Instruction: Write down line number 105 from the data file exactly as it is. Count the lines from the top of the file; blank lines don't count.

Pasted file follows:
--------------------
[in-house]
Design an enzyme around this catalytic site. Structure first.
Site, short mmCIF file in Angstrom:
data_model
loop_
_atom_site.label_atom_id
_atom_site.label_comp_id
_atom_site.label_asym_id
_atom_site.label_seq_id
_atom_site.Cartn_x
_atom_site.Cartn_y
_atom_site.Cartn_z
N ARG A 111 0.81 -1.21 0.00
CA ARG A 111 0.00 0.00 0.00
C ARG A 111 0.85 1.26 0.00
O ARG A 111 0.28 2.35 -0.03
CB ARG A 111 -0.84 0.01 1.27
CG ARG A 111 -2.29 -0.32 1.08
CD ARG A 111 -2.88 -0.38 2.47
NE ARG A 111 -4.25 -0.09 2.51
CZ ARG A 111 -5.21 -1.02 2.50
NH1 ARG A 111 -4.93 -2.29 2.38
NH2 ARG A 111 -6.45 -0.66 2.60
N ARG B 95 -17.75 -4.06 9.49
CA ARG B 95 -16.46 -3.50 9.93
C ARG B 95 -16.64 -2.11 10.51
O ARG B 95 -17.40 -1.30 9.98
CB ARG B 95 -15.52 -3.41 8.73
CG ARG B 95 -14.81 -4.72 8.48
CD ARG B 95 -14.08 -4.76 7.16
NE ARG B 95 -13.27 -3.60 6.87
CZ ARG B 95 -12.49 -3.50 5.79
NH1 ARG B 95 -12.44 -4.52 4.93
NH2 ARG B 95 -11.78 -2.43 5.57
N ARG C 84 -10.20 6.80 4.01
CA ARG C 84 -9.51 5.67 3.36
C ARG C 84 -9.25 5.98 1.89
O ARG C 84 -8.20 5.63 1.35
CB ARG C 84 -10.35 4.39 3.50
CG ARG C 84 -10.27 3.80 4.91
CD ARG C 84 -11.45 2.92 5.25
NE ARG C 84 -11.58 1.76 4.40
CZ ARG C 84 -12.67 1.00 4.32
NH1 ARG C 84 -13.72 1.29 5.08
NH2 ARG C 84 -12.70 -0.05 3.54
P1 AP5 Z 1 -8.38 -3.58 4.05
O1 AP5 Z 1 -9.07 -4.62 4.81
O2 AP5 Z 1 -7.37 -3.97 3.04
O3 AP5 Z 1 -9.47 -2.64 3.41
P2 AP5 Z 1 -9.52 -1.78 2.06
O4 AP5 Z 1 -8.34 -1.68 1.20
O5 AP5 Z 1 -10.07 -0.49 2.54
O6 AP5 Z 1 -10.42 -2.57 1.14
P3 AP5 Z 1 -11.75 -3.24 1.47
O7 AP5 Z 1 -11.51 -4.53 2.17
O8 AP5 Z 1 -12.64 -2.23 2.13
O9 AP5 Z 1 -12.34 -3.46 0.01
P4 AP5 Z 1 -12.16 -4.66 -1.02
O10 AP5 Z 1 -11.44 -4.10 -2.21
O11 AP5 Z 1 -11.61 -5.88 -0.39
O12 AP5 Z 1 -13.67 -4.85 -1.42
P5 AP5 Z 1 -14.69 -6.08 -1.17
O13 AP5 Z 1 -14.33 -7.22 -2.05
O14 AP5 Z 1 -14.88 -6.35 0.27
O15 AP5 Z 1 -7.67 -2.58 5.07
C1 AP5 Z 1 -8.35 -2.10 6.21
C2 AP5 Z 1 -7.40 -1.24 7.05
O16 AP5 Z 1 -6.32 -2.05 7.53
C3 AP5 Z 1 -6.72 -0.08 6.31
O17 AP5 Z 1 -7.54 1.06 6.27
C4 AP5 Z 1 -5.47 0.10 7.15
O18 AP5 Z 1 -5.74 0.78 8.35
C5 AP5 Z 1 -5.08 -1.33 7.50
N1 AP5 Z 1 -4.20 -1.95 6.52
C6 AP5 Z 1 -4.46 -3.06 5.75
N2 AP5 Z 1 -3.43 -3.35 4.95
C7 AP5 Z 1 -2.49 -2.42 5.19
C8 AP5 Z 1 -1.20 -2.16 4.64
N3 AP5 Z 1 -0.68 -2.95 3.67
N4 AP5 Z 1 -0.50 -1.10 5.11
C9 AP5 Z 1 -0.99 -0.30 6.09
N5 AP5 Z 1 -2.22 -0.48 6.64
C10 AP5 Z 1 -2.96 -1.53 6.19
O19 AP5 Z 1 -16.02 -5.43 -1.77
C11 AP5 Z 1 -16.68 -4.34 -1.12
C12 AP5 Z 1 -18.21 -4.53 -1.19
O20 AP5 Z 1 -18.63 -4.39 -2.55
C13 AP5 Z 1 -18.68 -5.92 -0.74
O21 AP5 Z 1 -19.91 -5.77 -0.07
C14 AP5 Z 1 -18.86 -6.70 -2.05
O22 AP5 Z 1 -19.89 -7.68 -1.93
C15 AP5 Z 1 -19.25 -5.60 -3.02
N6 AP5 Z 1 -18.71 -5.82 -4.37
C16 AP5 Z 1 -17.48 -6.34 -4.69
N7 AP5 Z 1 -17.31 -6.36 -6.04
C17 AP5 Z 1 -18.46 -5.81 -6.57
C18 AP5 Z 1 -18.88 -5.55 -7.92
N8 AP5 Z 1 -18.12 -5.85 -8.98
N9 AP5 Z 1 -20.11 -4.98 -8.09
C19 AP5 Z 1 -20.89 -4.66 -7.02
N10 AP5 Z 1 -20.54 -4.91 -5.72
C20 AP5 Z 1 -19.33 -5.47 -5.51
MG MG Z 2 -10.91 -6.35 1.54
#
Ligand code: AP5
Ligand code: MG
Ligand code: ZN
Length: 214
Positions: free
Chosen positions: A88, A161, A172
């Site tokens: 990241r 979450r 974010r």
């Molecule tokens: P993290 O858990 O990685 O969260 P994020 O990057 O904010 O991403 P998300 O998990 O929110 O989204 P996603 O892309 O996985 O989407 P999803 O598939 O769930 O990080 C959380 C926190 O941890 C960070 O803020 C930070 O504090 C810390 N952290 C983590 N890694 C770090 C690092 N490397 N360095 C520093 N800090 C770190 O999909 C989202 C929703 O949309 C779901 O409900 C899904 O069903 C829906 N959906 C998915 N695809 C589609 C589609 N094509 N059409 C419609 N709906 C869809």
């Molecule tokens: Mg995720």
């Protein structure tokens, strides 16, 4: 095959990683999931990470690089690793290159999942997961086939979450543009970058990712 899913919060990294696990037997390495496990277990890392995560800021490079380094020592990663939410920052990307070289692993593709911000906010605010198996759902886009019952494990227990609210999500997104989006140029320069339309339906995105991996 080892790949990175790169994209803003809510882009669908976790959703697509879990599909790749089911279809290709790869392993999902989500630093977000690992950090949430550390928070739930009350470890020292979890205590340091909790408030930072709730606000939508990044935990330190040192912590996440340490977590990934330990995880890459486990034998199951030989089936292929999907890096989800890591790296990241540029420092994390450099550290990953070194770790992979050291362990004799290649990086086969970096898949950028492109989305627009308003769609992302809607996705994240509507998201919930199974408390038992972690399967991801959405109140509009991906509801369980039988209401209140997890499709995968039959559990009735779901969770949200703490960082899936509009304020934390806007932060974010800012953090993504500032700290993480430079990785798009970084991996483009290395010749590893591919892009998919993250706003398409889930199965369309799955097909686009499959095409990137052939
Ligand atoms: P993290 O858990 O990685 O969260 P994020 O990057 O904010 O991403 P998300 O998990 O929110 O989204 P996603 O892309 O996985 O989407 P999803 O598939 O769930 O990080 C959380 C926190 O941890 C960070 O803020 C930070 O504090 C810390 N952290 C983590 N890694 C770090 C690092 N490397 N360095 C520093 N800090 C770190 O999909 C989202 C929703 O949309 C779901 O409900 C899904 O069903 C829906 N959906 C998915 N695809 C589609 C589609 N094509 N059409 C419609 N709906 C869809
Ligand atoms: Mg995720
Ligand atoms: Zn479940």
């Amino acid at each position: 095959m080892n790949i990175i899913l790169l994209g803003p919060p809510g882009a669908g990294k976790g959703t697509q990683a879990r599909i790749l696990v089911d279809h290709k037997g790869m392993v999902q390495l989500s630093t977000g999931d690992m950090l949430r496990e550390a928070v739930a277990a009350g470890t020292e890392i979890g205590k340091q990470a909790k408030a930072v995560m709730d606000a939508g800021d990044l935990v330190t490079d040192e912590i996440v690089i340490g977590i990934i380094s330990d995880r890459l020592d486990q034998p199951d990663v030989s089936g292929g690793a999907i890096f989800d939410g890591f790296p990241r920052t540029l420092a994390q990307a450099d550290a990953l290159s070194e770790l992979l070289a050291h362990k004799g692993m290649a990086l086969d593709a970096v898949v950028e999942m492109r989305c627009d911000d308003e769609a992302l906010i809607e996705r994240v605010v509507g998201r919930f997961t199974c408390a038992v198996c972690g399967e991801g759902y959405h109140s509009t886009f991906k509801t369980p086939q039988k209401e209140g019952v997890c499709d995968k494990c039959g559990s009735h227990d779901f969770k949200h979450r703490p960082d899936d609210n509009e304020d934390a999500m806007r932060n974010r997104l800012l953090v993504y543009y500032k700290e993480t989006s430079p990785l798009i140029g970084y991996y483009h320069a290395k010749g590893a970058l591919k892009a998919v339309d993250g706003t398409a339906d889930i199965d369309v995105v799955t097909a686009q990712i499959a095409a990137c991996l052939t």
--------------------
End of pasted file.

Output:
Ligand code: AP5